Ed T and the Trademark Dimensions
Explanatory introduction to a virtual guest post by Ed Timberlake:
I say if it's yours and you post in on an embeddable platform, you've given permission to the world to use it. Period.— Ron Coleman (@RonColeman) January 15, 2020
Thus, once again, I am stealing Ed Timberlake tweets to create the blog post he thinks he won’t write for me as a guest blogger here, even though he actually is doing that anyway on Twitter. And them’s the breaks!
First you think Ed’s asking a great USPTO trademark registration question about protocols used in application specimens — and, as you see, he is. The issues he attacks, looking at this thread in the most straightforward fashion, are these: (1) trademarks that “exist” in three dimensions, and (2) what dotted lines do or don’t mean on an application to register a trademark with the PTO. Read and learn:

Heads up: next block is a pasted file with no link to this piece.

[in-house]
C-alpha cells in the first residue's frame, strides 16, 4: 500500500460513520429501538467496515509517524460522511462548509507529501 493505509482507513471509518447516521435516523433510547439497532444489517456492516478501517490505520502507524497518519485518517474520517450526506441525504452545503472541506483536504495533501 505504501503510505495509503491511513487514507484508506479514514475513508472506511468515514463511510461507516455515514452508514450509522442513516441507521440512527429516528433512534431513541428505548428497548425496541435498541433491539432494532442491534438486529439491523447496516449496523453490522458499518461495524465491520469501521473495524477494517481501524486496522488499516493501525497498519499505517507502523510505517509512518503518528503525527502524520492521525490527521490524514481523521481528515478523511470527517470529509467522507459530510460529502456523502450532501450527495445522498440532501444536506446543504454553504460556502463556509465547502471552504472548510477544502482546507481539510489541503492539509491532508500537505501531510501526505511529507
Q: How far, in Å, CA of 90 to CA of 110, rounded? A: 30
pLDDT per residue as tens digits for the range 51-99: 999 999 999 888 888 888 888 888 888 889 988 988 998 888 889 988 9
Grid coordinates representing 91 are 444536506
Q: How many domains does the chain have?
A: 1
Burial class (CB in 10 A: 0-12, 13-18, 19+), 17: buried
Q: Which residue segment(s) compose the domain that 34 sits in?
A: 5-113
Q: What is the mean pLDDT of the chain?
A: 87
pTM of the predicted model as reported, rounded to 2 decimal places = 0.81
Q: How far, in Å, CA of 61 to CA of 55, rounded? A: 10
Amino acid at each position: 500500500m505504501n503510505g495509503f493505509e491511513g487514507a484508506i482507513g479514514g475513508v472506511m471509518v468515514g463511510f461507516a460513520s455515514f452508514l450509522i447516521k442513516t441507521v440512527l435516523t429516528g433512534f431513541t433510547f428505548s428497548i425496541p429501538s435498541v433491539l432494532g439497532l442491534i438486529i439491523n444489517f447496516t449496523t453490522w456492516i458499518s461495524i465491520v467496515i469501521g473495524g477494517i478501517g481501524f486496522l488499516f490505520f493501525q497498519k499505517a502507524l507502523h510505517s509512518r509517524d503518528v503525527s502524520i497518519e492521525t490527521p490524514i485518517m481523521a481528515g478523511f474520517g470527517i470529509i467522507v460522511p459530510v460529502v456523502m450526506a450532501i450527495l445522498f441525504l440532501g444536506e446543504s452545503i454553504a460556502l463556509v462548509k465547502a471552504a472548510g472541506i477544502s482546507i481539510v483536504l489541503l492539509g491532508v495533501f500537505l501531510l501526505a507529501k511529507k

query:— Trademarks Are Magic (@TimberlakeLaw) January 16, 2020
do #trademarks registrations provide meaningful notice when it's unclear what the mark is (or even whether the mark exists in two, or three, dimensions)?
Work through the thread. It displays great technical mastery, and it’s original and insightful regarding the philosophy of, or perhaps in, trademarks and trademark practice that he reveals on Twitter almost every day. Don’t try to play multi-dimensional 4-D trademark chess with Ed Timberlake!
But I may be forgiven, perhaps — yes, I am that hammer that sees certain things as nails only — in observing from the introductory sentence of this tweet at the top of the thread that this is one microblog by Ed in an ongoing series: The t-shirt as ultimate non-functioning garbagio good:
This is an ongoing theme Ed has been developing for a while:
Counter-counterpoint:— Tyler Hall (@WinslowTHall) February 24, 2018
when they mean
something I put on a t-shirt
in an attempt to monopolize it
and that doesn’t function.
Nailed it to a T.